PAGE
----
Updated: Sep 7, 2020
By Sui Ling and Xiao Xingchen
To tattoo or not to tattoo? That is the question. With more millennials in the workforce, will the tattoos they sport be allowed in the workplace and become the new norm? Sui Ling and Xiao Xingchen, staff writers of Quattro Communications, set out to find out, fired up by their shared quest for greater acceptance of tattoos by bosses.
Tattoo; mark (a part of the body) with an indelible design by inserting pigment into punctures in the skin. So, a work of art. Wear as a sleeve on the arm or have it partially hidden, it is an expression of individuality.
But, is this statement of individuality widely accepted as a fashion statement? Or is it frowned upon? Can it be an employment buzzkill?
Growing up, we’ve always been told not to get a tattoo as it will drive a wedge between us and our future. We all know right who dishes out such advice (rather commands). This is triggered by the general perception that the tattooed are gangsters or those who did time in prison for crimes.
Today, most -- but not yet every Tom, Dick and Mary -- have a tattoo. They are either hidden, partially seen and sexily taunting or loudly shown as a sleeve tattoo. So, times have changed? People have grown ballsy to not care about what others think?
Curious about this (and also because we ourselves want to get more tattoos), we asked people in different professions what they think and whether it affects one's chance of being employed or impacts one’s career advancement.
“No way. Period!” was the initial reaction of a shipping industry veteran, Soon Tiong Wei, who was stern as he considers tattoos as tainting the near perfect creation of the body.
The 60-year-old was dead-set of not hiring anyone sporting a tattoo even though he softened later to say small tattoos would be ok with him.
PR practitioner You Choong Tatt, is more open. “As long as the tattoo isn’t visible, the chances of employment won’t be affected,” he said. To him, first impressions count. A tattoo that is visible may give the wrong impression to clients or associates who are more traditional.
However, to try and keep up with the ever-changing generation, he does accept slightly or partially visible tattoos that are pleasant looking.
While baby boomer bosses tend to be stricter in terms of acceptance, millennials would be expected to be more open. Tattoos, to them, would not be an important consideration in hiring. That may not be generally true. It does seem it differs from individual to individual.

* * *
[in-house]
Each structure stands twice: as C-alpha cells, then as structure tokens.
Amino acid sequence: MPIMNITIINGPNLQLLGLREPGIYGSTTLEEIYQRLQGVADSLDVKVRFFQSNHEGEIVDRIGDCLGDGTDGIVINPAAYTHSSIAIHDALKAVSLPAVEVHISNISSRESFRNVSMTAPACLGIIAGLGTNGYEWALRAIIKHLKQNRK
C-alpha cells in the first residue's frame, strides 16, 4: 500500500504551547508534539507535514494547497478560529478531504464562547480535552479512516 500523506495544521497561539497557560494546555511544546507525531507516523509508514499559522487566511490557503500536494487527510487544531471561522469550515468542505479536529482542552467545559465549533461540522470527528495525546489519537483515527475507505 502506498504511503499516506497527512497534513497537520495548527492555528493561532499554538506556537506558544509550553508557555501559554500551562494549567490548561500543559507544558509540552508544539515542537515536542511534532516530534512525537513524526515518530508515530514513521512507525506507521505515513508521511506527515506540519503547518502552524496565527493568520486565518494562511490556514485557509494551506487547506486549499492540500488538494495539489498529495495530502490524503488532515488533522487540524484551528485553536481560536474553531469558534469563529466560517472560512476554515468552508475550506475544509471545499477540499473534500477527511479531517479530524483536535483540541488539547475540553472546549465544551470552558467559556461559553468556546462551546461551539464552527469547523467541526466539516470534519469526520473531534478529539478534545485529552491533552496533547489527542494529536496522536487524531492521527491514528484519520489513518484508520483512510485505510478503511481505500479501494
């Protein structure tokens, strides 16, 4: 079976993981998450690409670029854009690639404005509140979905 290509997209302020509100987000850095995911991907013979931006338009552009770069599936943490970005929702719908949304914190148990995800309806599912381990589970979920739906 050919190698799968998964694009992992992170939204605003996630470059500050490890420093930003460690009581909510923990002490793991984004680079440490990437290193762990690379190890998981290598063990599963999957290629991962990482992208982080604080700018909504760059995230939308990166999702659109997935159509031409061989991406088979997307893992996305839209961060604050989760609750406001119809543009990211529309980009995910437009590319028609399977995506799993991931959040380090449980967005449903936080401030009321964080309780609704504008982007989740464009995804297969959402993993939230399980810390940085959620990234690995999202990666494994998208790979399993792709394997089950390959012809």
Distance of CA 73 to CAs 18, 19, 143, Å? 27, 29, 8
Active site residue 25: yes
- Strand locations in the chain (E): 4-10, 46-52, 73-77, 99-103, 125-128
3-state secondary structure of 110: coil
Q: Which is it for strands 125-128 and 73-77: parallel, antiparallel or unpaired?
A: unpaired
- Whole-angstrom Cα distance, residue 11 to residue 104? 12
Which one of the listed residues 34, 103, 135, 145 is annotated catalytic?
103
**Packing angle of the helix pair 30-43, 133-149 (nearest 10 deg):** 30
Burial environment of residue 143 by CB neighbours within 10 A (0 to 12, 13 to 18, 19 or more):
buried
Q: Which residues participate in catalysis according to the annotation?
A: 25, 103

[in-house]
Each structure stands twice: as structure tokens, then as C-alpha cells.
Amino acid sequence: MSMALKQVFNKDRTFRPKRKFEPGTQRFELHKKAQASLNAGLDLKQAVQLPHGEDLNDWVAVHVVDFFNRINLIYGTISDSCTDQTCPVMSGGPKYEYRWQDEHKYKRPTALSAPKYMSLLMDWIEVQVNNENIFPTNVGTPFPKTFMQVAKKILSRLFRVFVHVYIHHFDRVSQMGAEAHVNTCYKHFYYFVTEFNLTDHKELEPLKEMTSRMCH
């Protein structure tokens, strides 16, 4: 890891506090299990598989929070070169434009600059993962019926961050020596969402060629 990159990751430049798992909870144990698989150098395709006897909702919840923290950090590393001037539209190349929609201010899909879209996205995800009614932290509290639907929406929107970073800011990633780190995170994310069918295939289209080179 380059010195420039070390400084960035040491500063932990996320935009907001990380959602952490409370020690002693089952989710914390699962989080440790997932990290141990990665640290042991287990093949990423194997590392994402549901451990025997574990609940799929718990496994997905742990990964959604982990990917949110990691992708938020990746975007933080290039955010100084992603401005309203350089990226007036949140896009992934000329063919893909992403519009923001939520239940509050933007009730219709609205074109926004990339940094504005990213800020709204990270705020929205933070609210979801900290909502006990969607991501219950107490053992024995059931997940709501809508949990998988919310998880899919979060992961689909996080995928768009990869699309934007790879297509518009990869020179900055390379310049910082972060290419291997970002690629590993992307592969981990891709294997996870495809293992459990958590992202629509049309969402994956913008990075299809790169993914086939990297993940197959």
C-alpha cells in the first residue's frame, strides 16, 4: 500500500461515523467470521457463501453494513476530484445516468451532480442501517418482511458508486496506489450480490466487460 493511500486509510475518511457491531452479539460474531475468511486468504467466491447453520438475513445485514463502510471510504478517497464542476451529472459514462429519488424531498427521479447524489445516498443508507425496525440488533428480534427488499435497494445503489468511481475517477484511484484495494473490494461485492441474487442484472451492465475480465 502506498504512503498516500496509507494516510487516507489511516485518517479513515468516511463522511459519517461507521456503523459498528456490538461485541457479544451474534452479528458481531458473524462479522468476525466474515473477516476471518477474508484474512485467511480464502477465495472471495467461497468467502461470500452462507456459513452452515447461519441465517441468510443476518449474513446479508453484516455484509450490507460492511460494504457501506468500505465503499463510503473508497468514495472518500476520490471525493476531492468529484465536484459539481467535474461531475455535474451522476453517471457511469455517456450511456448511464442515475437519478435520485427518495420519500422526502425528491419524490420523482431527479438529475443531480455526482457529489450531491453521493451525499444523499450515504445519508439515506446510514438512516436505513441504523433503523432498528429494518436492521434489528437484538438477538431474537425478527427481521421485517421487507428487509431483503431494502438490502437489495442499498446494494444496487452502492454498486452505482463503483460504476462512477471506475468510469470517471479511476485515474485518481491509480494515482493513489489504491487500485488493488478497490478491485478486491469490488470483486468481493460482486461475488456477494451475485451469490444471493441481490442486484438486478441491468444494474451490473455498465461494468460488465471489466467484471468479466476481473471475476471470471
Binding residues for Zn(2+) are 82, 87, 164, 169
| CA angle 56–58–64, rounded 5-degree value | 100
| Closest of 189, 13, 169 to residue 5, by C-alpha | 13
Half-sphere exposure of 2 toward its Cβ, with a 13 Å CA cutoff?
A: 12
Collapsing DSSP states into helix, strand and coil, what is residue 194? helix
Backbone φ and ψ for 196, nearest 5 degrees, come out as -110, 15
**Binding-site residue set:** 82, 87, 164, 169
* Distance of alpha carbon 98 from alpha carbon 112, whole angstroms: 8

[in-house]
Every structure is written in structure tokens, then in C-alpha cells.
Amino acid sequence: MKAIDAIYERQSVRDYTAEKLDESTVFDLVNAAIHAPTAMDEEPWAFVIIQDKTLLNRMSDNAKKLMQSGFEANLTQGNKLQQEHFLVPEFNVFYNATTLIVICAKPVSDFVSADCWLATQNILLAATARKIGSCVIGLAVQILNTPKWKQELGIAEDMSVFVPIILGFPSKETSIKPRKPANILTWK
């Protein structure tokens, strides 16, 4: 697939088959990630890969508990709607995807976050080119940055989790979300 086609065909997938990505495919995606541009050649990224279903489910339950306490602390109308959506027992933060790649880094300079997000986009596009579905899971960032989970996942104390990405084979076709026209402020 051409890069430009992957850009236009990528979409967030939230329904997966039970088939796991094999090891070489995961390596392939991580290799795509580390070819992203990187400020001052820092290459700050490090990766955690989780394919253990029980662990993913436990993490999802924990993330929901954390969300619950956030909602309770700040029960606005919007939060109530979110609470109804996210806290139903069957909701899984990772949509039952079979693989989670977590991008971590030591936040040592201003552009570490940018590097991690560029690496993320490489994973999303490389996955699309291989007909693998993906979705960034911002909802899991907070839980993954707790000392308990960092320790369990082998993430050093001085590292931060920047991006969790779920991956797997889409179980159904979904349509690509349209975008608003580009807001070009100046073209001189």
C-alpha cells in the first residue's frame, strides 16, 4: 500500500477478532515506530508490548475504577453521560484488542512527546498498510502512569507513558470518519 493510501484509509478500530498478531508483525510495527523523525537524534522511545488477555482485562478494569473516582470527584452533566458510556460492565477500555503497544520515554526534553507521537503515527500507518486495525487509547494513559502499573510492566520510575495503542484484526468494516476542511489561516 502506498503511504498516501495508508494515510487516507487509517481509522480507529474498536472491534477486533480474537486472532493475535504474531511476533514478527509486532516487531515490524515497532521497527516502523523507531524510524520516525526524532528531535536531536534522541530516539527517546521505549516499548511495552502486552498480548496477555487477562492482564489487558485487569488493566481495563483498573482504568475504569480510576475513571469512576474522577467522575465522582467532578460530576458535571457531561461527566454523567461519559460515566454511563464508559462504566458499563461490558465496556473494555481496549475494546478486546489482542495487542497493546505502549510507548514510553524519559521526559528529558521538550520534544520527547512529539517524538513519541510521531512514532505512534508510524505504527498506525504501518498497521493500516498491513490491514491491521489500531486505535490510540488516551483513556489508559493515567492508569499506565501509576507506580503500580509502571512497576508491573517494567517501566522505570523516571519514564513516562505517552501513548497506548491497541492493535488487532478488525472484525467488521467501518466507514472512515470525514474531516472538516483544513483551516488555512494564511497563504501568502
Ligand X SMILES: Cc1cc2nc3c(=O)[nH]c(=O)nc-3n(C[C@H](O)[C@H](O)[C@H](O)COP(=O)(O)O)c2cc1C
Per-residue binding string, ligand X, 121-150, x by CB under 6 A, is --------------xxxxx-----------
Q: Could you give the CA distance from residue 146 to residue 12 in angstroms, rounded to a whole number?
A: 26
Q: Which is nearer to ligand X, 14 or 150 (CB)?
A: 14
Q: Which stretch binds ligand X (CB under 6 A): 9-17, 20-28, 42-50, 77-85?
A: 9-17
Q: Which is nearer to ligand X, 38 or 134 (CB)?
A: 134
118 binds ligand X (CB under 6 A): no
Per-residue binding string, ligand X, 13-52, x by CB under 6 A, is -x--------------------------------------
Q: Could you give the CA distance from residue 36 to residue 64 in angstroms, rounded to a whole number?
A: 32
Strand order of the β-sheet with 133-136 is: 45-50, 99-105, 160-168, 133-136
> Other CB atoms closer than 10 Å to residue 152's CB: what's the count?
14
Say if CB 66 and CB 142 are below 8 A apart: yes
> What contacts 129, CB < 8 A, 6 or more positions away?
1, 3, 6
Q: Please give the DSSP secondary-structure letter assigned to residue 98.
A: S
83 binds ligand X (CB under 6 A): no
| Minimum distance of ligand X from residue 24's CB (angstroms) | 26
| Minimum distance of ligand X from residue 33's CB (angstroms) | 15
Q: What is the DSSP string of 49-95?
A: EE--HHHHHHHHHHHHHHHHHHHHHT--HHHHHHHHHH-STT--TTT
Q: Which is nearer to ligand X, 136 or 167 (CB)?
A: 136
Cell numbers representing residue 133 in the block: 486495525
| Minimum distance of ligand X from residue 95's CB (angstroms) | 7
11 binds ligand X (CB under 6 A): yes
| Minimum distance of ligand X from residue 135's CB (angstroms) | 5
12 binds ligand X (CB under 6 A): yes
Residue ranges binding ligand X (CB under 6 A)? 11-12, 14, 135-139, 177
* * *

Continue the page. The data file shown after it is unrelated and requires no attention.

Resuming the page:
Nuur Fahda from the retail industry said that she would consider the tattoo a criteria to employ or not to employ if it could be seen.
"Given a choice to choose between two equally qualified candidates, I would go for the non-tattoo one. Personally, the tattoo culture should not be welcomed in the workplace," added Nuur Fahda. She is more in favour of subtle ones and not those that cover the entire arm and large parts of the body, no matter how artistic they are.
Muntasir, who works in a bank, agrees with Nuur Fahda. When interviewing two applicants; the one with the tattoo may be a better candidate. He, however, would opt for the clean one.
Dr Asha Renuga, a medical doctor, will not check if a job applicant has a tattoo. Considering herself an old fashioned person, she doesn’t welcome tattoos in the workplace.
Tattoos may not be factor in an artsy type of work establishment, but in her case, Dr Asha will make it clear to all of her future employees that their tattoos need to be covered at work, especially during meetings with clients. Her word of advice: BE DISCREET.
Talking to people for this article made us realise that tattoos are still not fully accepted among employers. Hidden tattoos are obviously no problem. Visible tattoos on arms, shoulders etc are fine. Facial, neck, even hand tattoos are less acceptable. A minimalist butterfly or flower tattoo will be more acceptable than offensive words or images.
We get that. Even in our less conservative PR and communications company, we can’t push the boundaries with our baby boomer bosses. We still have to hide our tattoos in the office (Shh, don’t tell our bosses OK?). Getting more tattoos – sparked off by the recent Tattoo Exhibition -- has also to be on hold. It can only be sooner if we become bosses. No matter what, we still live in hope!
*All names have been changed to protect respondents’ identities*